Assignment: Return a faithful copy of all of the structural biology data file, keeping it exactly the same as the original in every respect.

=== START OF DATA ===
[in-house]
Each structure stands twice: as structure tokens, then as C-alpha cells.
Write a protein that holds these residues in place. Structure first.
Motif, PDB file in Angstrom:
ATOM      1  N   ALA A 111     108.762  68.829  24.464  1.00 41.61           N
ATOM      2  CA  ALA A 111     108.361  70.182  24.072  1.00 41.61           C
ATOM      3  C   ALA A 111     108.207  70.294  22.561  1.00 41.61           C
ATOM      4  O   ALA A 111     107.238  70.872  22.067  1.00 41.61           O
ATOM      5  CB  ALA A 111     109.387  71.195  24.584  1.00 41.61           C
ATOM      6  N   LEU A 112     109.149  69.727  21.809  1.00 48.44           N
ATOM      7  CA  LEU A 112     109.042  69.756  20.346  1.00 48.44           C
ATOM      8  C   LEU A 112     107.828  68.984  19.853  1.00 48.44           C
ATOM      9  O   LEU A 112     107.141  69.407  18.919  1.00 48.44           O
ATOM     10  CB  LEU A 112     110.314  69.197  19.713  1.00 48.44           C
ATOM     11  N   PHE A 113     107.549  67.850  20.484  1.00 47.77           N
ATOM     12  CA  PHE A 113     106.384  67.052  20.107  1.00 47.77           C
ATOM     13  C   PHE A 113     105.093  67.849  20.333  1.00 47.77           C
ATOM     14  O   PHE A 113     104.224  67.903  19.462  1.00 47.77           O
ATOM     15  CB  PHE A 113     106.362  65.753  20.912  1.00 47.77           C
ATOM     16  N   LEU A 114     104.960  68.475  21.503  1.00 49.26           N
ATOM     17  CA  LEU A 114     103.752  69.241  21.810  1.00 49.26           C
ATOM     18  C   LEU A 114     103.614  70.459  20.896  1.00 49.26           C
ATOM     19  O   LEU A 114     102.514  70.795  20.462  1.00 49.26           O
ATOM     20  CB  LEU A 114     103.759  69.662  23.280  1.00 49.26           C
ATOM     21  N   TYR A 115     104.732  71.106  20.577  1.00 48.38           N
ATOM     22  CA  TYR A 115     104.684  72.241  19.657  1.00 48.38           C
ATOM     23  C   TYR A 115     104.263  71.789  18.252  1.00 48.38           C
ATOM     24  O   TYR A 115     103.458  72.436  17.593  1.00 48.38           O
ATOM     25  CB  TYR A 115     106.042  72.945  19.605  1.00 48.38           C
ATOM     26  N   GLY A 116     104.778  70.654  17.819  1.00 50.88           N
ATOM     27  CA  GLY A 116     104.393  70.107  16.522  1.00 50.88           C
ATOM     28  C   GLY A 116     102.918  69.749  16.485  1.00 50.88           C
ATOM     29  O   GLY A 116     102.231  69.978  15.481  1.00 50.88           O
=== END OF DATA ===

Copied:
[in-house]
Each structure stands twice: as structure tokens, then as C-alpha cells.
Write a protein that holds these residues in place. Structure first.
Motif, PDB file in Angstrom:
ATOM      1  N   ALA A 111     108.762  68.829  24.464  1.00 41.61           N
ATOM      2  CA  ALA A 111     108.361  70.182  24.072  1.00 41.61           C
ATOM      3  C   ALA A 111     108.207  70.294  22.561  1.00 41.61           C
ATOM      4  O   ALA A 111     107.238  70.872  22.067  1.00 41.61           O
ATOM      5  CB  ALA A 111     109.387  71.195  24.584  1.00 41.61           C
ATOM      6  N   LEU A 112     109.149  69.727  21.809  1.00 48.44           N
ATOM      7  CA  LEU A 112     109.042  69.756  20.346  1.00 48.44           C
ATOM      8  C   LEU A 112     107.828  68.984  19.853  1.00 48.44           C
ATOM      9  O   LEU A 112     107.141  69.407  18.919  1.00 48.44           O
ATOM     10  CB  LEU A 112     110.314  69.197  19.713  1.00 48.44           C
ATOM     11  N   PHE A 113     107.549  67.850  20.484  1.00 47.77           N
ATOM     12  CA  PHE A 113     106.384  67.052  20.107  1.00 47.77           C
ATOM     13  C   PHE A 113     105.093  67.849  20.333  1.00 47.77           C
ATOM     14  O   PHE A 113     104.224  67.903  19.462  1.00 47.77           O
ATOM     15  CB  PHE A 113     106.362  65.753  20.912  1.00 47.77           C
ATOM     16  N   LEU A 114     104.960  68.475  21.503  1.00 49.26           N
ATOM     17  CA  LEU A 114     103.752  69.241  21.810  1.00 49.26           C
ATOM     18  C   LEU A 114     103.614  70.459  20.896  1.00 49.26           C
ATOM     19  O   LEU A 114     102.514  70.795  20.462  1.00 49.26           O
ATOM     20  CB  LEU A 114     103.759  69.662  23.280  1.00 49.26           C
ATOM     21  N   TYR A 115     104.732  71.106  20.577  1.00 48.38           N
ATOM     22  CA  TYR A 115     104.684  72.241  19.657  1.00 48.38           C
ATOM     23  C   TYR A 115     104.263  71.789  18.252  1.00 48.38           C
ATOM     24  O   TYR A 115     103.458  72.436  17.593  1.00 48.38           O
ATOM     25  CB  TYR A 115     106.042  72.945  19.605  1.00 48.38           C
ATOM     26  N   GLY A 116     104.778  70.654  17.819  1.00 50.88           N
ATOM     27  CA  GLY A 116     104.393  70.107  16.522  1.00 50.88           C
ATOM     28  C   GLY A 116     102.918  69.749  16.485  1.00 50.88           C
ATOM     29  O   GLY A 116     102.231  69.978  15.481  1.00 50.88           O